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Polydrug use among urban adolescent cigarette smokers

  • Author(s): McKelvey, KL
  • Ramo, DE
  • Delucchi, K
  • Rubinstein, ML
  • et al.
Abstract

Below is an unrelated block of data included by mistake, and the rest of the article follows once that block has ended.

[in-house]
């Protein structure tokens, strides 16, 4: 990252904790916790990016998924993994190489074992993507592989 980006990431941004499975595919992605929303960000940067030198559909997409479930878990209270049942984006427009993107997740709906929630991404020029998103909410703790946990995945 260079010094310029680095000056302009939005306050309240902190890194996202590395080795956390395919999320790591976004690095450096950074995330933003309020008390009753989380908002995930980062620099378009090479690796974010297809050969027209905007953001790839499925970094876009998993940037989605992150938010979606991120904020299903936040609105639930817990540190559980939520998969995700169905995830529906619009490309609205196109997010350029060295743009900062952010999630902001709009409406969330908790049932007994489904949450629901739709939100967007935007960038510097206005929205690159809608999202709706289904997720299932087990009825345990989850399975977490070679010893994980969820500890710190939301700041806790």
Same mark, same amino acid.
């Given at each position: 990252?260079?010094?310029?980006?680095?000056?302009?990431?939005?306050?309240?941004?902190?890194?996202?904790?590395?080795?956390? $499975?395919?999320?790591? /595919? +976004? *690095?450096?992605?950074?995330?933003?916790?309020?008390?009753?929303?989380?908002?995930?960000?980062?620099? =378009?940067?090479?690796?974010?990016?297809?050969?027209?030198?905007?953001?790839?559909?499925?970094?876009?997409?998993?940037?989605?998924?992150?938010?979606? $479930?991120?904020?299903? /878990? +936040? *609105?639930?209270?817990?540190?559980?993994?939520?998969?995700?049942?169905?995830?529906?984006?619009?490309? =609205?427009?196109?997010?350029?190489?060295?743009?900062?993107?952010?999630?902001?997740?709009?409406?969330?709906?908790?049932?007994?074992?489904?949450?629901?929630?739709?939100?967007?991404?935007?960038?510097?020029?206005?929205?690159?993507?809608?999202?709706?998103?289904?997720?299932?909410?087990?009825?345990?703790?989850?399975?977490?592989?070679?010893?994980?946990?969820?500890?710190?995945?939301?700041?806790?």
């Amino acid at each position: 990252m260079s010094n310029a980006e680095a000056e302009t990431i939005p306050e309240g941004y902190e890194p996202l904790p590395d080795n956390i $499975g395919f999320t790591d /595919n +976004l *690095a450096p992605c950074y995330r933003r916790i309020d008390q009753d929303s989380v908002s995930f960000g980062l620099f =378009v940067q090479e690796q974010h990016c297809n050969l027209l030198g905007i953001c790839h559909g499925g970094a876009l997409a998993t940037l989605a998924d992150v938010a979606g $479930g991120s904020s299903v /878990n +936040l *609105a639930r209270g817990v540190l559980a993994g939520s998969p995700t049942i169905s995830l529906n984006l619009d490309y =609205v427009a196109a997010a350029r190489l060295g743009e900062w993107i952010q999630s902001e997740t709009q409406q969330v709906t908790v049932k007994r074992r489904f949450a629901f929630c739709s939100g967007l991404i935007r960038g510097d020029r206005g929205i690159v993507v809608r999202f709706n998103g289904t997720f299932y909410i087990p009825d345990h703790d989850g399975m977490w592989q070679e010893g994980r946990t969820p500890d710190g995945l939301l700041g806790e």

© 2016 Purpose Adolescent smokers are at increased risk for polydrug use, which is associated with more consequences than use of a single drug. Here we classified subgroups of polydrug use among urban adolescent cigarette-smokers; described the sociodemographic, smoking, and depression correlates; and identified three-year outcomes associated with subgroup membership. Methods Adolescent cigarette smokers (N = 176; Mage = 16.1; 35% male; 27% white) completed surveys assessing drug use, smoking characteristics, demographics, and depressive symptoms at baseline and 12, 24, and 36 months follow-up. Results Almost all participants (96%) reported using, on average, two (SD = 0.97) substances (including other tobacco products) in addition to cigarettes. Latent class analysis revealed two distinct classes of polydrug users. “Limited Range Use” (84%) class members reported current use of other tobacco, alcohol, and marijuana, as did “Extended Range Use” class members (16%) who also reported current use of “harder drugs” (i.e., cocaine/crack, hallucinogens, ecstasy, and misused prescriptions). The classes did not differ on demographics or baseline likelihood of marijuana (χ2 = 0.25; p < 0.62) or alcohol use (χ2 = 3.3; p < 0.07). At baseline, a larger proportion of Extended Range Use class members reported both smoking the entire cigarette and symptoms of clinical depression. Extended Range Use class membership at baseline predicted higher mean depression scores at 24 and 36 months. Conclusion Adolescent cigarette-smokers who reported extended range use (18%) also reported symptoms of clinical depression at baseline and follow-up. These findings indicate a need for early monitoring of depression symptoms and prevention and cessation interventions targeting this high-risk group.

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